Montana’s two westernmost volunteer fire districts on the Interstate 90 corridor say they’ll stop responding to emergencies on I-90 and Highway 135 on Thursday if their grievances against the Montana Highway Patrol aren’t addressed.

The move comes in response to what chiefs Bruce Charles of the West End Volunteer Fire District and Jerry Dockter of the St. Regis Volunteer Fire Department call Highway Patrol’s “current attitude toward the safety procedures and protocol that the fire departments feel necessary to have in place at an emergency scene,” according to a public notice from the chiefs.

“We’ve got more than 60 volunteers between the two districts and they’re all standing down as of Thursday,” Charles said Monday. “That will completely wipe out any properly equipped crash rescue, and anybody with any knowledge, all the way from the Idaho border to Frenchtown (fire district).”

The tiff stems in large part from charges Charles made in written form to state Highway Patrol officials and Attorney General Steve Bullock. Charles claimed that Trooper Richard Hader arrived at an accident scene west of St. Regis in May 2011 at a high rate of speed, ignoring Charles’ signal to slow down, and “drove directly at him in an apparent attempt to hit Chief Charles or intimidate him.”

Charles said he had to move quickly out of Hader’s path.

“Had there been any mental or mechanical failure while Trooper Hader was passing through the choke point between the transiting vehicles in the passing lane and the fire truck and flaggers in the driving lane, there is no question in this writer’s mind that death or injury was a certainty,” he wrote.

Col. Michael Tooley, chief administrator at Highway Patrol headquarters in Helena, said an investigation and a videotape of the incident showed that Charles’ claims were unfounded. Maj. Greg Watson, MHP’s Region 1 commander, showed the videotape to Mineral County commissioners last week.

“From our perspective, we pretty much answered the complaint, so at this point we’re just business as usual,” Tooley said Monday. “We’re going to take care of our end of the public service that we’re paid to do.”


But the fire chiefs and their boards weren’t satisfied.

After the commissioners’ meeting, each board voted to halt volunteer responses to “crash rescues, extrications, emergency medical, HazMat, traffic control, etc.”

“This pending indefinite suspension will start on April 12, 2012, and remain in effect until further notice,” said the notice sent to media outlets, including the Missoulian.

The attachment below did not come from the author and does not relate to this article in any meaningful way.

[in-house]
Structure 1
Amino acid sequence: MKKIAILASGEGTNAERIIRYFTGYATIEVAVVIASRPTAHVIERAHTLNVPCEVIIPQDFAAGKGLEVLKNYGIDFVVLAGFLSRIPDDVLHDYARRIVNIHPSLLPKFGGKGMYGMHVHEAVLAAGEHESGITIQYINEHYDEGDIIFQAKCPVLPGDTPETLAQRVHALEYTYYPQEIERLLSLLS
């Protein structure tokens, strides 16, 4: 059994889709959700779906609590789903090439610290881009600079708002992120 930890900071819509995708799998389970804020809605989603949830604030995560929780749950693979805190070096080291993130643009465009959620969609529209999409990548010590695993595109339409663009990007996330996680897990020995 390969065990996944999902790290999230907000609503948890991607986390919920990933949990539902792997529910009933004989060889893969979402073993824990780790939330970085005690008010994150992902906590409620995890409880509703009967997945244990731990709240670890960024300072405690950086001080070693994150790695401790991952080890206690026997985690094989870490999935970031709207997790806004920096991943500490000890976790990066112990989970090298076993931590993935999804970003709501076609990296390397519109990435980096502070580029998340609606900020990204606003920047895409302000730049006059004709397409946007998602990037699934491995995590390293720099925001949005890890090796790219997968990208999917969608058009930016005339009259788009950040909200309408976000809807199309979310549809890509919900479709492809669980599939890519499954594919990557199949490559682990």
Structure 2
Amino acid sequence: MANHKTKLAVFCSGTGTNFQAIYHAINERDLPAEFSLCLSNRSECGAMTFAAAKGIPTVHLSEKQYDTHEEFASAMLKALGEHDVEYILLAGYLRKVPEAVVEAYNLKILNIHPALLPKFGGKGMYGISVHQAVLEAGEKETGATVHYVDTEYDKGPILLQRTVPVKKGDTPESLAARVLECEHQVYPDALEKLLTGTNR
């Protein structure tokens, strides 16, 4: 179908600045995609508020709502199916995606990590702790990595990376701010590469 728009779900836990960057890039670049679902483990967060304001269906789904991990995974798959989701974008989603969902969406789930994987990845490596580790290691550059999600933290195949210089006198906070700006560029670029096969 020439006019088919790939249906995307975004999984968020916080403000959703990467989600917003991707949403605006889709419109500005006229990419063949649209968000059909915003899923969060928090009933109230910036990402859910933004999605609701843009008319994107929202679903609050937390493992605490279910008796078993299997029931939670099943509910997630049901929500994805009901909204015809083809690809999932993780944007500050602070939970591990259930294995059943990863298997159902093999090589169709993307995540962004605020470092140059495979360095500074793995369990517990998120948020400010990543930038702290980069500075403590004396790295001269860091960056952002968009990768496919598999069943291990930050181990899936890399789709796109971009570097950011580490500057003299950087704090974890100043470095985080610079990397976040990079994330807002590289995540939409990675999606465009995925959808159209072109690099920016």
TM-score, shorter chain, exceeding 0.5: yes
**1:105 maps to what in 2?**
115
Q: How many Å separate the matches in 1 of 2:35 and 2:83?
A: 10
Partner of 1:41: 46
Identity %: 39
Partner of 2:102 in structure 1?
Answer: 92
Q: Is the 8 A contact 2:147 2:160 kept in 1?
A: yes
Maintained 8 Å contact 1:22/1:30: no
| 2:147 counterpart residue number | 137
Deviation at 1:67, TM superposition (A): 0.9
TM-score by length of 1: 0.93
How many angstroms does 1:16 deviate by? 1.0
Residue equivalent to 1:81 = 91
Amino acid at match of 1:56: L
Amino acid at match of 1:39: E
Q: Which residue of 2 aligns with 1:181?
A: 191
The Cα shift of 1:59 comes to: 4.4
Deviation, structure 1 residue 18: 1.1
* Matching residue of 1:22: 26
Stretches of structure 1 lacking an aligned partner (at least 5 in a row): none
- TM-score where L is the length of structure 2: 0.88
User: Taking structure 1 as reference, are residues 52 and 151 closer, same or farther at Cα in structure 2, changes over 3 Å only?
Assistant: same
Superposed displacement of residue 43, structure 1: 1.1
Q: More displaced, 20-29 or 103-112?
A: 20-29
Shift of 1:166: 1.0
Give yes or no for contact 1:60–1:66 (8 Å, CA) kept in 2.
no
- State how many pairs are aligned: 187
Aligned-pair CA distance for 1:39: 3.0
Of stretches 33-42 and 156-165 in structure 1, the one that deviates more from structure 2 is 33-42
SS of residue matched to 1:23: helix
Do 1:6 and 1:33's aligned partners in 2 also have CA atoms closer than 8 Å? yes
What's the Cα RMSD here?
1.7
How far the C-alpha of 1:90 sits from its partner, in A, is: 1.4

Exceptions will be made if the Mineral County Sheriff’s Department requests help outside the two districts and is on scene when the volunteers arrive.

Charles and Dockter have sent the Highway Patrol and the attorney general three conditions that will change their minds. One is an assurance that patrol cars will enter fire department safety zones at the same speeds as the traveling public is expected to; another is that troopers don’t interfere with fire operations at a scene.

The third is that troopers “courteously interact with our volunteers, including checking in with the fire chief/incident commander when arriving on scene, and if necessary, help the volunteers with flagging to control traffic.”

Charles said a written acknowledgement from Tooley or Bullock’s office that the conditions are reasonable is all it will take to resume or continue responses.

“I have been advised by board members if we can come to an agreement before (Thursday), maybe we can go back to doing what we do,” said Dockter.

“We’ll take a look at that and see what needs to be done to try and get this back on the right track,” Tooley said, “but right now we have a job to do and we’re going to continue to do it.”


The issue escalated recently when Gary Dockter, Jerry Dockter’s brother and a volunteer fireman for the St. Regis fire district, was formally charged with providing false reports to Hader in an investigation of an accident west of Superior that occurred more than a year ago.

Mineral County Undersheriff Mike Boone and the operator of a wrecked semi truck received minor injuries when a passing motorist swerved to avoid a snowplow truck that was crossing I-90. According to a charging document, Gary Dockter gave Hader two conflicting versions of his part in the accident and Hader brought formal charges in district court against Dockter.

Prosecution of the case was turned over to D. Ole Olson, assistant attorney general, since Hader has since married Mineral County Attorney Marcia Boris.

“There was a conflict of interest in that case, and it has been referred to the Prosecution Services Bureau here at the Department of Justice,” Bullock spokesman John Doran said.

Charges were filed on Feb. 21, and Dockter pleaded not guilty in Justice Court on March 12. A trial date has been set for June 16.

On the advice of his attorney, Adam Duerk of Missoula, Hader declined to comment on the case and the brewing feud with the volunteer fire departments. But he had a supporter in Charlee Thompson of St. Regis, who attended the commissioners’ meeting last week and viewed the videotape of the May 2011 accident scene.

Thompson said the tape clearly showed that Hader acted appropriately and “in such a way that I hope all Highway Patrol and law enforcement (officers) respond to an accident.”

“I really expected Jerry Dockter and Bruce Charles to get up and apologize after they saw the video, and say, ‘Hey, you know what? We kind of blew it out of proportion and I’m sorry,’ ” she said. “But that did not happen.”

Reporter Kim Briggeman can be reached at 523-5266 or at

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